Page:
Duke Researchers Join National Effort to Demystify Deep Learning

August 31, 2020

$10 million award will explore the mechanisms underlying deep learning algorithms to push AI applications to the next level

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Duke researchers are helping to uncover the mechanisms by which deep learning algorithms work

Three researchers from across Duke University are joining a nationwide collaboration to crack the coding contortions of deep learning algorithms that fuel artificial intelligence and related technologies that continue to propel society forward at an ever-increasing pace.

Automated systems, designed to simplify our lives, are everywhere, from customer service chatbots to self-driving cars. The complex and large-scale nature of deep networks, however, makes them hard to analyze, leading researchers to mostly use them as black boxes without formal guarantees on their performance. The design of deep networks remains an art and is largely driven by empirical performance on a data set. As deep learning systems are increasingly employed in our daily lives, it becomes critical to understand if their predictions satisfy certain desired properties.

Led by René Vidal, the director of the Mathematical Institute for Data Science (MINDS) and the Herschel L. Seder Professor in Johns Hopkins University’s Department of Biomedical Engineering, a team of engineers, mathematicians and theoretical computer scientists from multiple institutions will seek to revolutionize our understanding of the mathematical and scientific foundations of deep learning.

Their project, Collaborative Research: Transferable, Hierarchical, Expressive, Optimal, Robust, and Interpretable NETworks (THEORINET), is funded by the National Science Foundation-Simons Foundation’s Research Collaborations on the Mathematical and Scientific Foundations of Deep Learning (MoDL) program and will receive ten million dollars over five years. The Johns Hopkins-led consortium is one of only two teams that were awarded funding for this national effort.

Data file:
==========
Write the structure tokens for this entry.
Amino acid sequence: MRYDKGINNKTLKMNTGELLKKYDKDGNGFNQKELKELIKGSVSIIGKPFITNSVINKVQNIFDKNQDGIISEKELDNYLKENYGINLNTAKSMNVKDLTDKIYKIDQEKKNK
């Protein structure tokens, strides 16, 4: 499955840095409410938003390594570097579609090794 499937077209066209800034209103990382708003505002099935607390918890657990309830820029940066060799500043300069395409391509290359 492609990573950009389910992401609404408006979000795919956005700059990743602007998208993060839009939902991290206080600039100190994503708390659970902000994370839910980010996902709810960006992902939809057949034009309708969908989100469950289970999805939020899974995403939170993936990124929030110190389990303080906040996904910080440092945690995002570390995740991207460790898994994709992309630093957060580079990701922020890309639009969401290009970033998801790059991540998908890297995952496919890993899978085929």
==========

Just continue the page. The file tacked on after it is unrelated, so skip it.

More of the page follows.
Joining THEORINET from Duke are Guillermo Sapiro, the James B. Duke Distinguished Professor of Electrical and Computer Engineering; Ingrid Daubechies, the James B. Duke Distinguished Professor of Mathematics and Electrical and Computer Engineering; and Rong Ge, assistant professor of computer science and mathematics. The award is set to sustain Duke’s work with two million dollars over five years.

“The complex and large-scale nature of deep networks makes them hard to analyze and, therefore, they are mostly used as black-boxes without formal guarantees on their performance,” explained Vidal. “As deep learning systems are increasingly employed in our daily lives, it becomes critical to understand if their predictions satisfy certain desired properties.”

"NSF and our partners at the Simons Foundation recognize the importance of discovering the mechanisms by which deep learning algorithms work," echoed Juan Meza, director of the division of mathematical sciences at NSF. "By understanding the limits of these networks, we can push them to the next level."

THEORINET researchers will develop a mathematical, statistical and computational framework that will explain the success of current deep network architectures, understand their pitfalls, and guide the design of novel architectures with guaranteed robustness, interpretability, optimality, and transferability.

Another goal for the project is to train a new, diverse STEM workforce with data science skills that are essential for the global competitiveness of the U.S. economy. This will be accomplished through the creation of new undergraduate and graduate research programs focused on the foundations of data science, including a series of collaborative research events. Women and members of underrepresented minority populations also will be served through an associated NSF-supported Research Experience for Undergraduates program in the foundations of data science.

Joining the Johns Hopkins and Duke collaboration are researchers from the University of Pennsylvania, the University of California – Berkeley, Stanford University and the Technical University of Berlin.